A Tale of Two Docs: Production
This year I found myself going into production on two feature-length documentaries at the same time. I described the development process in an earlier article—how I arrived at shooting one film, on the American Presidency, in an eclectic style that would change as the Presidents we covered changed, and the other, a documentary I was making on my own about professional actors, that would be shot more like cinema vérité. I discovered that when you make two very different films like this, similar problems crop up and seem more apparent because you’re looking at the same issue under different circumstances. One in particular is a major concern for people who make documentaries. It’s access—access to the people and places that will become the reality of your film.
Given a certain amount of planning, under circumstances we believe we can predict, we know that we can get inside, say, a crack house, if that’s our subject. We know people there, they’re cool with us and we’ll be able to shoot there. So, we’re ready to go on our crack house epic, and that week the crack house is busted—remember, this is reality—and everything changes. Our people are gone, the building could be gone. We’ve lost access. Who’s going to call HBO?
Or we’re doing something that could be easier—maybe a film on heart transplants. We’ve found our person with a new heart, and we’ve connected with the family that donated the old heart. But we find out that the nice gentleman who had a transplant is unfortunately back in the hospital with complications. And the family just changes its mind. No problem. At least we’ll film our cooperative subject’s new operation. But an institution is now involved. The hospital says no. There are hygiene problems, permit complications, insurance issues.
In the case of our President film, other issues, of security, came up. “Sorry, but we’re at war, you know,” we were respectfully told at the White House, and we weren’t encouraged to take that lightly. We were allowed to shoot on the street in front of the White House (DC turf), but not on the sidewalk a step above it (National Park Service turf and closed for now to cameras.).
Wherever we go, there are issues and problems and complications, but this is one reason people watch documentaries; they’re seeing things they might not see that easily. These access concerns get in our way, but we don’t want them to stop us. Like both the presidents and actors I’ve been looking at, we try to find any way to get the job done. The important thing is not to compromise the film by giving up. We persist, we pester, we cajole, we call in favors. But we try not to lie—except when we tell them how long it will take and how easy this will be, but those lies are allowed by the documentary police.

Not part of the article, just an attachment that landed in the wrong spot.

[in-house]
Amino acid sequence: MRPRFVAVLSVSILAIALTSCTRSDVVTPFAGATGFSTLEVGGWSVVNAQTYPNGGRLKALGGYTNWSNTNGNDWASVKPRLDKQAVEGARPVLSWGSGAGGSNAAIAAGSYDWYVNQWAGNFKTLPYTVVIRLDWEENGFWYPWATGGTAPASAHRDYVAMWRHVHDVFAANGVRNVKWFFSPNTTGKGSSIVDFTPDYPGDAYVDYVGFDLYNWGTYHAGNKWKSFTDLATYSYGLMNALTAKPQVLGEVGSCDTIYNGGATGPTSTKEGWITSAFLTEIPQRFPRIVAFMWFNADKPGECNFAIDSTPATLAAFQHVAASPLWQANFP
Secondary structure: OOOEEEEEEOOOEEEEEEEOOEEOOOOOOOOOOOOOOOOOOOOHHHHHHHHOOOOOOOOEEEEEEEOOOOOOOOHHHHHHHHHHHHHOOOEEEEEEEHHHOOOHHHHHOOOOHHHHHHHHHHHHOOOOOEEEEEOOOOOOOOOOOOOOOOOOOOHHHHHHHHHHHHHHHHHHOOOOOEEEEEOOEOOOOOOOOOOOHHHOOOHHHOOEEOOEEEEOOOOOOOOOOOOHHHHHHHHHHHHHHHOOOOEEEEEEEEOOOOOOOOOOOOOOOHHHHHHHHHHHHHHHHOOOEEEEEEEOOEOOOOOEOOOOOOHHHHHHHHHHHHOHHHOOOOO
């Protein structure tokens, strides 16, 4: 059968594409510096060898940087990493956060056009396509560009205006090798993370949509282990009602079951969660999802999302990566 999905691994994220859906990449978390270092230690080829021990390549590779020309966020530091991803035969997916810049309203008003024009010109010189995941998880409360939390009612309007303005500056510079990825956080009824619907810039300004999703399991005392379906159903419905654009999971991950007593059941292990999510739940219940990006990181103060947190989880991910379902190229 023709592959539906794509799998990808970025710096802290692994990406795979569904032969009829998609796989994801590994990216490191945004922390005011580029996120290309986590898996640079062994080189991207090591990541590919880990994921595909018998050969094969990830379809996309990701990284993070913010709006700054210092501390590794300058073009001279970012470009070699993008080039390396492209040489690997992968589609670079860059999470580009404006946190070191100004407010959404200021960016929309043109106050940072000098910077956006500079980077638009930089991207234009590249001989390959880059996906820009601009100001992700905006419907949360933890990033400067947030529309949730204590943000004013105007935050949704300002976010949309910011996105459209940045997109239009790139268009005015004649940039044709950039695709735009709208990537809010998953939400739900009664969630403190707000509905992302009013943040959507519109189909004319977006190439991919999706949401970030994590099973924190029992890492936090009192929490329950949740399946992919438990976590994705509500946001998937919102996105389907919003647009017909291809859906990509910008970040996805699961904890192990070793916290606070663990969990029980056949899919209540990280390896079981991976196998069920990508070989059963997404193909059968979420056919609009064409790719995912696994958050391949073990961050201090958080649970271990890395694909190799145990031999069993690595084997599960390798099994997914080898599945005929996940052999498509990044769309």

Gatekeeping staffs often act like firewalls, sometimes when the organization or individual they represent might be happy to participate. One way to handle this is to convince them not that it’s a great movie made by great people, but that the boss might really want to do this and will find out about it somehow anyway. But remember, no lying. The gatekeeper will do you in for that, or in my case at the Mark Taper Forum, accuse you of it. So, the actor film will not have the Taper in it, but a carefully chosen substitute is a good solution, and often better in the end, and there are about 10,500 other theaters.
We found one interesting solution to an access problem in our actor film that can work if we do it carefully and with some distance. I wanted to profile a movie or play from rehearsal to opening and bring it to the acting class we were working with for a critique, but who would ever let us do that? So we used a dramatic project of my own that I plan to shoot next, if we ever work out the access problems of these two documentaries. With the approval of the actors, we’re following the project from early readings to final screening, and the only person who will probably object is me, and I won’t listen.
But sometimes you don’t want to substitute, or can’t, without losing enormous values. And this is where persistence and professionalism and sometimes aggressiveness come in. We had a definite no from the FDR Memorial. Nobody supposedly shoots there. It’s a magnificent place and I felt we needed it. Jenny McGonigal, our co-producer, found ways that could make it happen. It did.
And it certainly wasn’t easy to change the date of President Clinton’s interview as often as his staff needed to, which was very very often. Nobody gave up. President Clinton turned out pretty good.
Chuck Workman’s documentaries include The Source and Andy Warhol, Superstar. His new dramatic film, A House on a Hill, will be released later this year.